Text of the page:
Last week we agreed two deals, both in prime locations, one in Notting Hill and the other in Earls Court.
Both deals look good from the analysis we have done, but in truth the real rigorous layer of work only starts when we get the contract in. Why is this?
Because London is London.
It’s a fast paced property market, there are buyers all over the place hiding in the dark, runners trying to screw deals up, and it’s easy to lose control, especially on lucrative deals which we believe these are.
Real research takes time and money, therefore it should be spent when the deal is locked, and not before, if it can be helped. However there is also a fine balance, if you pull in deals and lock contracts down and do not perform you will lose credibility very quickly, and it will have a snowball effect.
What makes the Earls Court deal so exciting is this area is probably one of the strongest areas to invest in at the moment.
It also has a colourful history. It was originally owned by a noble family called the De Veres for a period of 500 years. Though owned by them, it is doubtful it was ever visited by them. Since then it has had many illustrious people residing in the local area, such as Mahatma Gandhi who lived in 20 Barons Court whilst studying to become a barrister at University College in 1888; and Marcus Garvey who lived at 53 Talgarth Road from 1935 to 1940.
What’s more important than the history from our point of view is the future growth of this area. Earls Court has been designated as an opportunity area in the Mayor’s London plan. The intention is to develop this area in various phases to minimise disruption to the residents.
The Earls Court Masterplan has been created by renowed architect Sir Terry Farrell and Partners. Farrells are considered to be the UK’s leading architect planners with offices in London, Hong Kong and Shanghai. With a Masterplan, as the name suggests the growth of the area is likely to be holistic rather than lop sided, meaning the area is likely to have leisure, work and live areas in the right proportion along with the relevant infrastructure.
The plan proposes the transformation of the Earls Court Project Area into four new urban villages and a 21st century High Street, blending the spirit of the past with the best of tomorrow. The villages will include around 7,500 much needed new homes for people on a range of incomes and new work spaces and offices will generate thousands of new jobs.
The London Borough of Hammersmith & Fulham (LBHF) and The Royal Borough of Kensington & Chelsea (RBKC) formally granted outline planning permission for the Masterplan for the Earls Court Project on 14th November 2013.
The project will bring huge benefits not only to Earls Court but the surrounding areas with an extensive retail high street, business and residential accommodation, healthcare and educational facilities.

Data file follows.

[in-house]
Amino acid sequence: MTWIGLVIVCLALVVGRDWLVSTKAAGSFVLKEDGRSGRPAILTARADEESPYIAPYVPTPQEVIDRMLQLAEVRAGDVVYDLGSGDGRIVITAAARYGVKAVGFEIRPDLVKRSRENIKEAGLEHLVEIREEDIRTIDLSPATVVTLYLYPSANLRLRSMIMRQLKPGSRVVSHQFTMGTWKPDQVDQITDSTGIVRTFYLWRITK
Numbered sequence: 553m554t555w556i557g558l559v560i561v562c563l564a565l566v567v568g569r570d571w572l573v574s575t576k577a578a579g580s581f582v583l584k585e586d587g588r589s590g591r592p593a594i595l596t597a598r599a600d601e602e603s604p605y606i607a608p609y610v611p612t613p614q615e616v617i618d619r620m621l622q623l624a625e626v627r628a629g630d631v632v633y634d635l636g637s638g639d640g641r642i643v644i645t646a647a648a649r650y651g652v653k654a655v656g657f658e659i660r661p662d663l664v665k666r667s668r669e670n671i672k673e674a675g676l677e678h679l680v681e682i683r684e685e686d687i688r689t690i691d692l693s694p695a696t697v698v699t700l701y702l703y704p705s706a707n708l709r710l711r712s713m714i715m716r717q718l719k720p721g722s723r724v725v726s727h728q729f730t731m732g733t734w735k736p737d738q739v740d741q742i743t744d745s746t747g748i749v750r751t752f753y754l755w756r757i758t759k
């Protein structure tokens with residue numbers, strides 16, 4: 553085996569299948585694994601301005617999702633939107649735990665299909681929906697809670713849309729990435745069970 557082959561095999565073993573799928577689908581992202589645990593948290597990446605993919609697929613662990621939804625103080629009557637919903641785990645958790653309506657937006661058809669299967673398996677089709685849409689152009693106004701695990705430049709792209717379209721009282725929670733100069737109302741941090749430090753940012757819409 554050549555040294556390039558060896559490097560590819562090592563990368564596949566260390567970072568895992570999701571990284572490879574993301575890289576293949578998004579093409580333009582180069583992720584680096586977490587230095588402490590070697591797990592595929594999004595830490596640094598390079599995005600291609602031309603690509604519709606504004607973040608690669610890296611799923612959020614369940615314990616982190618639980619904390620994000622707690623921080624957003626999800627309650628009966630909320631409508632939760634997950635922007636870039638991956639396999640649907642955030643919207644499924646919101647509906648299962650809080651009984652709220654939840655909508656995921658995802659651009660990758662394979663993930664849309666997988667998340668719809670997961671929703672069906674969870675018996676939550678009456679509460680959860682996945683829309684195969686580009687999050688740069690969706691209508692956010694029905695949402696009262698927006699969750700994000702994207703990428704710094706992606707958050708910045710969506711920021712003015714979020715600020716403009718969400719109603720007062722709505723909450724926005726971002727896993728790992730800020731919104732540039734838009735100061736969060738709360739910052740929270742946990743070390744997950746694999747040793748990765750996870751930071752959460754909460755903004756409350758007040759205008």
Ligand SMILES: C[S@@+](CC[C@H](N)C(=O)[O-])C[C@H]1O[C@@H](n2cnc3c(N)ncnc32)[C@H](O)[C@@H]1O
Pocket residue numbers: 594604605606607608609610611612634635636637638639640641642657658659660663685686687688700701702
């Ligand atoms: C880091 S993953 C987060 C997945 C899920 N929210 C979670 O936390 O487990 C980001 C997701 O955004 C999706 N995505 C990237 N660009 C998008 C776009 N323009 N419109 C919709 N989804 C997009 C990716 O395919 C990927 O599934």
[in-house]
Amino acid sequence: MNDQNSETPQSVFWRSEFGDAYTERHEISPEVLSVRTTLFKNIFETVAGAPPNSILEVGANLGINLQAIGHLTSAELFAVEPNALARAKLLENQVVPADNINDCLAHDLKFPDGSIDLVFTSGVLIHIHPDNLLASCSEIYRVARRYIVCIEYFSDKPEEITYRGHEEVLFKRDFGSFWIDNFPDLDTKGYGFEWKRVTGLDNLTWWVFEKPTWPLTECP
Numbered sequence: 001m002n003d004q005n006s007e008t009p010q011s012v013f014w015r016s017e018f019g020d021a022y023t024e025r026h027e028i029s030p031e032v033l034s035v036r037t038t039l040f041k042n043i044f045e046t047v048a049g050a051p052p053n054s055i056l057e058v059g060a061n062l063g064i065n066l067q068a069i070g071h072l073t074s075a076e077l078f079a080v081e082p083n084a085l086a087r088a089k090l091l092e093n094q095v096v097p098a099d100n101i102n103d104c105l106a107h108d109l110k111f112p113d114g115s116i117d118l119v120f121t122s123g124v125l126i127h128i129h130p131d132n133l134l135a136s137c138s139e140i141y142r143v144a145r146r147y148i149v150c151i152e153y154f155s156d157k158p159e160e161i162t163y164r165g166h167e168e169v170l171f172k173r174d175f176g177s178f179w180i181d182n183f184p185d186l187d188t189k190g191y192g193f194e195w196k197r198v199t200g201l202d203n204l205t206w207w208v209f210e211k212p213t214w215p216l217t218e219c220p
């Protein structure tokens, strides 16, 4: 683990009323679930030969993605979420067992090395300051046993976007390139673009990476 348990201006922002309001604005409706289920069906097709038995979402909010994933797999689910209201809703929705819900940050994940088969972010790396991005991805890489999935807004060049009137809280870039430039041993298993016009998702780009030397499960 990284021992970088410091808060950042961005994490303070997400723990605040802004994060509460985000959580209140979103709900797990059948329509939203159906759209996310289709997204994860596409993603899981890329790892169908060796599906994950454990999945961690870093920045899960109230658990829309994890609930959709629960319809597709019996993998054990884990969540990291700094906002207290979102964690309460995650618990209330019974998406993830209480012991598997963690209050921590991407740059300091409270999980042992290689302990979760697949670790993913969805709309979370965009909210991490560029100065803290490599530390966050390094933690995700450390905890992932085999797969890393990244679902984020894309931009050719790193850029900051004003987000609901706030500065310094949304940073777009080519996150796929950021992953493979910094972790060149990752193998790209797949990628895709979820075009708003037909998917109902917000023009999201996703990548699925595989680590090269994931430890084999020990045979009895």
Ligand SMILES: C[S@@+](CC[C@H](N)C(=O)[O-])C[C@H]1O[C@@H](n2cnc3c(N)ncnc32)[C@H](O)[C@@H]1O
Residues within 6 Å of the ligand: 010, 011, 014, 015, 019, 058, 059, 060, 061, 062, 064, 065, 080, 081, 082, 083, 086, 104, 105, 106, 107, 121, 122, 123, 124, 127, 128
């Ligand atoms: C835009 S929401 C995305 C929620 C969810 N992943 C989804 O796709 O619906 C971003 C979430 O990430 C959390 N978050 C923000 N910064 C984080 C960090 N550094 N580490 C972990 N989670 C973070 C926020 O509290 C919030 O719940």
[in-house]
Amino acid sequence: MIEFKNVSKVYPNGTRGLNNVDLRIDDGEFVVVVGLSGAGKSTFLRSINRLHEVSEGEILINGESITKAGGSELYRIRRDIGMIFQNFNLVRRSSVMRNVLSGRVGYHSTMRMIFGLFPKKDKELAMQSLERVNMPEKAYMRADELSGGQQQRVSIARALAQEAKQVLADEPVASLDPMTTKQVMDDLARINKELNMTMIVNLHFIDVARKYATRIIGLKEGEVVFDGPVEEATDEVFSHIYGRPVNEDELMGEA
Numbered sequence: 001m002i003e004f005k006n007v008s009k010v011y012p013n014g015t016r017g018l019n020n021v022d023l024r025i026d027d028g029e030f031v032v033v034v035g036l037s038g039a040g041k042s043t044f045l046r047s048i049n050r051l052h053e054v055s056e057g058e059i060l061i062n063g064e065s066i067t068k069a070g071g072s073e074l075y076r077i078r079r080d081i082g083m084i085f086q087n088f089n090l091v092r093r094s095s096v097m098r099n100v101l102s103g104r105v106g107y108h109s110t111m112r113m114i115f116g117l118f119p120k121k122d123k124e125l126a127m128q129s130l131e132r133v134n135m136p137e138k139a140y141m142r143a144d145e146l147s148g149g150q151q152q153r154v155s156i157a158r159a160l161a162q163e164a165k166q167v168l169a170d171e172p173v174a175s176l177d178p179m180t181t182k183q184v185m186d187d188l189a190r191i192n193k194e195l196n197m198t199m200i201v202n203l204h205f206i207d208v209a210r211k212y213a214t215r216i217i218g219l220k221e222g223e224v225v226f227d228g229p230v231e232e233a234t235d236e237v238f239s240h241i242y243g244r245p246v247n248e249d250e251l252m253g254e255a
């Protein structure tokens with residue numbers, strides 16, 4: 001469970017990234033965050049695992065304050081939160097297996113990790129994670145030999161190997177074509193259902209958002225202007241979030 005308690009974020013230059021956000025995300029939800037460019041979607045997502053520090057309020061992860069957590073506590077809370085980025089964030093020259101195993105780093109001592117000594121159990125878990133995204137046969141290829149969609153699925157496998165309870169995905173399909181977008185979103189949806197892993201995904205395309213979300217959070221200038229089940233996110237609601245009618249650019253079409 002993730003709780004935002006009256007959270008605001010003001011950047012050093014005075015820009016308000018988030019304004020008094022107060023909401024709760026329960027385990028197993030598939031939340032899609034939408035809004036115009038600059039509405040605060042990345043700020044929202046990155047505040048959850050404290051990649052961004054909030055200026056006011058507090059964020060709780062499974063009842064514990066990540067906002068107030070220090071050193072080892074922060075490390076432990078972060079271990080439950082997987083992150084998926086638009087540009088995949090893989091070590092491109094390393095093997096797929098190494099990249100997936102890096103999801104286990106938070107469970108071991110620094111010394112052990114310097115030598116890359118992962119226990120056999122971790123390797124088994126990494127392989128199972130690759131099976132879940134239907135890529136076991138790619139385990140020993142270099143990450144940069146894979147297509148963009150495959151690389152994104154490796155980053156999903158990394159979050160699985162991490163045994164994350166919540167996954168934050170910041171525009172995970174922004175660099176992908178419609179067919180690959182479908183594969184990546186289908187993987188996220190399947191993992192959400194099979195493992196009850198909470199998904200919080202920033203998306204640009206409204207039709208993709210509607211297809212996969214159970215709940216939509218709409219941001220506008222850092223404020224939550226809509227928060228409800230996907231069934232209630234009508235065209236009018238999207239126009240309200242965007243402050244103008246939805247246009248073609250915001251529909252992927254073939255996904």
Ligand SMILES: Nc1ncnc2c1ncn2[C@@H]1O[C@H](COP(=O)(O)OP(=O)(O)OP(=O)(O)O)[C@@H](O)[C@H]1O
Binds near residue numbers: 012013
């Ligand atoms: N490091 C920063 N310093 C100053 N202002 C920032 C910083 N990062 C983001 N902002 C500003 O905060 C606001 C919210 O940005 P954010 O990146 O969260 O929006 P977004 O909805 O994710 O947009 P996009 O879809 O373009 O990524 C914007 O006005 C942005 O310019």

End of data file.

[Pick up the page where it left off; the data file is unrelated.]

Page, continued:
The Earls Court Project Area spans a massive 77 acres of land, and along with the homes and offices it will include tranquil public squares and gardens which will be a haven from the hustle and bustle of the city.
The area is very well connected and is located at a point where Kensington, Chelsea and Fulham all meet, therefore providing great potential for value increases throughout the area.
The plan since inception has been met with some resistance from the local population, understandably so, you cannot make a move of this size and it not ruffle a few feathers.
The project we have secured is a development project, with a purchase tag of £6.5m and a finished value nearly double this amount. It is a project which is not reliant on the growth of the location, the figures used on the resells are based on current values and conservative ones.
The property consists of a freehold block located only minutes away from Earls Court Station. So regeneration plan or not buying near a train station in London is always a good place to purchase.
The resale on this deal in light of the future government tax proposals could be done in an interesting way.
There are only two buyers in the market place, one is the end user and the other is the investor. The end user will not be affected by the changes in April in stamp duty as it only applies to investors. The government is due to hike up the stamp duty by 3%, furthermore it will start to phase out the ability to offset the cost of your mortgage against the rental income. This is the equivalent of paying tax on your turnover as opposed to your profits.
The end product for this project could be tailored in a way where it would be attractive to the BTL investor.
Rather than purchasing the property directly it could be structured where they would be purchasing the shares in a company which holds the asset.
This means in one strike the BTL investor has saved 3% on stamp duty, or any stamp duty for that matter as this deal is being purchased in a company. Further they have no fear of the new offset rules as they only apply to individuals and not companies.
This would be a good resell strategy and there will be a market for it which will grow as time goes on. As long as the accounts and property is being managed properly I see no reason why this will not prove to be an attractive way to invest into the future. In fact this kind of model will begin to thrive in the new world the government is shaping.
The government is currently making purchasing and holding property for individuals very difficult. It almost seems as if they wish to flush them out of the market completely.
The Notting Hill deal is a smaller price in comparison and can be purchased for only £850K, it is freehold and a development deal with an end value of around £1.7m.
If you want a piece of either of these pies please call the office now.